Homo sapiens

The hominin species comprising all living humans. Meaning “wise man” in Latin, the name was introduced by Carl Linnaeus in 1758. The earliest fossil evidence of Homo sapiens appears in Africa around 300 kya (see Jebel Irhoud Hominins).


Similarity in DNA or phenotype because of shared evolutionary history from a common ancestor.


Similarity in DNA sequence or phenotype that has evolved independently.


Have two identical alleles at a locus


A signaling molecule in multicellular organisms that contributes to the regulation of physiology and behavior.


A living organism on or in which a parasite, pathogen, commensal or symbiont lives (see Parasitism).

Howiesons Poort

A lithic technology cultural period in the Middle Stone Age in Africa named after the Howieson’s Poort Shelter archeological site near Grahamstown, South Africa. Dates range from ~65.8 kya to 59.5 kya. Examples include composite weapons hafted with ochre and gum compound glue and microlith blades, bone arrows, and needles.

Human Accelerated Regions (HARs)

A set of 49 segments of the human genome that are conserved throughout vertebrate evolution but are strikingly different in humans. They are named according to their degree of difference between humans and chimpanzees. Some of these highly mutated areas may contribute to human-specific traits while others may represent “loss of function” mutations, possibly due to the action of biased gene conversion rather than adaptive evolution.

Human Arcuate Fasciculus

The specialized connections composed of axons linking Broca’s area and Wernicke’s area in the human brain and is a major anatomic feature supporting language function in humans.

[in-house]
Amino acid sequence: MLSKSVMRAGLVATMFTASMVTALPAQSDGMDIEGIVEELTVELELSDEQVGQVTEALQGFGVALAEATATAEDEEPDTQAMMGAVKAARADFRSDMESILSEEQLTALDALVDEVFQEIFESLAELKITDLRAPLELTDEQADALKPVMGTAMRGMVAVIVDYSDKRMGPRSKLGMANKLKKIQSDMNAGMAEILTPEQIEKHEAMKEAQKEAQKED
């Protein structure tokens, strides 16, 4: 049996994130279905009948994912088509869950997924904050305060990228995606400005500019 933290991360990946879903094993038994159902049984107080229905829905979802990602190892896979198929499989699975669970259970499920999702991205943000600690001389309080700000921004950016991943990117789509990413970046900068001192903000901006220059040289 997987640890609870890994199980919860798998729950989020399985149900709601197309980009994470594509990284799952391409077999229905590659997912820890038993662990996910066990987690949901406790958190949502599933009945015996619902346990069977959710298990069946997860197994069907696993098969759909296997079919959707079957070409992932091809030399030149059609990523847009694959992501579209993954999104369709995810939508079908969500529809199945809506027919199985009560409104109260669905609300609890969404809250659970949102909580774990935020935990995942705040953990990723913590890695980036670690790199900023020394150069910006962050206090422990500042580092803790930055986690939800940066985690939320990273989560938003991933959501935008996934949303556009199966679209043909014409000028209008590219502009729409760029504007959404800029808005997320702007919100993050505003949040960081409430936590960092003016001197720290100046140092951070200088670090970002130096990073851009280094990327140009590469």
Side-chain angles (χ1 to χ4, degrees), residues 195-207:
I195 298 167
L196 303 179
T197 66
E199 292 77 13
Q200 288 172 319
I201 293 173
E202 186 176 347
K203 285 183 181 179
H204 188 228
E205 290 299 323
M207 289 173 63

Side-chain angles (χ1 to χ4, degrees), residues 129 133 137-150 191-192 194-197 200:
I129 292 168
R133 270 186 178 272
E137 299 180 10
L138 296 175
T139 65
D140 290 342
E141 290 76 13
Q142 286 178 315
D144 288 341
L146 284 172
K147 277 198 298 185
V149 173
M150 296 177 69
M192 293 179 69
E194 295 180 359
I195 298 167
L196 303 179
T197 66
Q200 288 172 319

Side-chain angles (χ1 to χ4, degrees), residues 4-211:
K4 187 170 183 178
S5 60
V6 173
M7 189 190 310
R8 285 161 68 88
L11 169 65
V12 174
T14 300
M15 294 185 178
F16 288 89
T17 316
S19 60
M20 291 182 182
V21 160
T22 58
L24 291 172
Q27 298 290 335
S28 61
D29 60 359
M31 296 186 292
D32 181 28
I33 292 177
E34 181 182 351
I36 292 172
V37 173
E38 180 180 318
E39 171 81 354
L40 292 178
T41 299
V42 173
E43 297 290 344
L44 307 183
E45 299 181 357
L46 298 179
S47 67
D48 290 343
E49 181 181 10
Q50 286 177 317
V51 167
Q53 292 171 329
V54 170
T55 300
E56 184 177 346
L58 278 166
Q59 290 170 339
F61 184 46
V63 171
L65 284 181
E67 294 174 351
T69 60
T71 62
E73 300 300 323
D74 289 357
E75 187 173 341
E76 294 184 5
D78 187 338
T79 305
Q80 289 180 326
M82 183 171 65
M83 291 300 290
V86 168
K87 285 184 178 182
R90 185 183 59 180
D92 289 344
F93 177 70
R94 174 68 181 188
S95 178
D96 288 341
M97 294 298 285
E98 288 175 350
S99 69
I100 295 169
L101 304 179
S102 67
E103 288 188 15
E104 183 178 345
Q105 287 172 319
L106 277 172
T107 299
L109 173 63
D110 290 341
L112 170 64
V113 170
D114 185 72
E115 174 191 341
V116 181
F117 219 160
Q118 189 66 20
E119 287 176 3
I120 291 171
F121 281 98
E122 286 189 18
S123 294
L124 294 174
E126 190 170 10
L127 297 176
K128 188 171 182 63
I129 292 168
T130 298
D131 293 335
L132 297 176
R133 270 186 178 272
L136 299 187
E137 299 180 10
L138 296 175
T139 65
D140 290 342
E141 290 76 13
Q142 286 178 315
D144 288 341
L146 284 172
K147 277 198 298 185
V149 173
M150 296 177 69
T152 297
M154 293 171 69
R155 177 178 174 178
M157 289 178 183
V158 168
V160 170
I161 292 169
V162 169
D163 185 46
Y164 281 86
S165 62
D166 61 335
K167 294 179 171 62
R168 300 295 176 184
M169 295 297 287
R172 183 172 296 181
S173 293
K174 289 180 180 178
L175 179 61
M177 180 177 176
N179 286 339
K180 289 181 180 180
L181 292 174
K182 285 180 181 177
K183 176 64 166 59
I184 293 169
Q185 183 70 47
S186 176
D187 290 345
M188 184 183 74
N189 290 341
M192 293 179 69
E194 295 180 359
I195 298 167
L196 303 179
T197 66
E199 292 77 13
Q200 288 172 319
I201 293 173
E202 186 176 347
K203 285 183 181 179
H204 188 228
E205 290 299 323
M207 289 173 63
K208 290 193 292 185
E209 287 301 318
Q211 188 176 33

Human-specific gene

A protein-coding gene that is present in humans but absent in other non-human ape species.

Hunting and gathering

A subsistence strategy in which most or all food is obtained by foraging and is in contrast to agriculture, which rely mainly on domesticated species.

Hunting hypothesis

An explanation for the dietary shift to meat procurement during human evolution as a catalyst favoring a suite of transformative biological and behavioral adaptations.


An enzyme involved in the first step of aerobic oxidation of organic compounds.


Increased sensitivity to pain.


Pain, hypohedonia, dysphoria, anxiety, hyperalgesia, irritability, and sleep disturbances associated with drug abstinence following excessive drug taking.


Having a decreased tendency to provoke an allergic reaction.

Hypocretin (Orexin)

A neuropeptide that regulates arousal, wakefulness, and appetite.


A diminished capacity for pleasure.

I-type lectins

A class of lectins belonging to the immunoglobulin superfamily. e.g., Siglecs


A type of lithic industry featuring a backed bladelet specific to the coasts of Morocco, Algeria, and Tunisia dating between 25,000 and 11,000 years ago.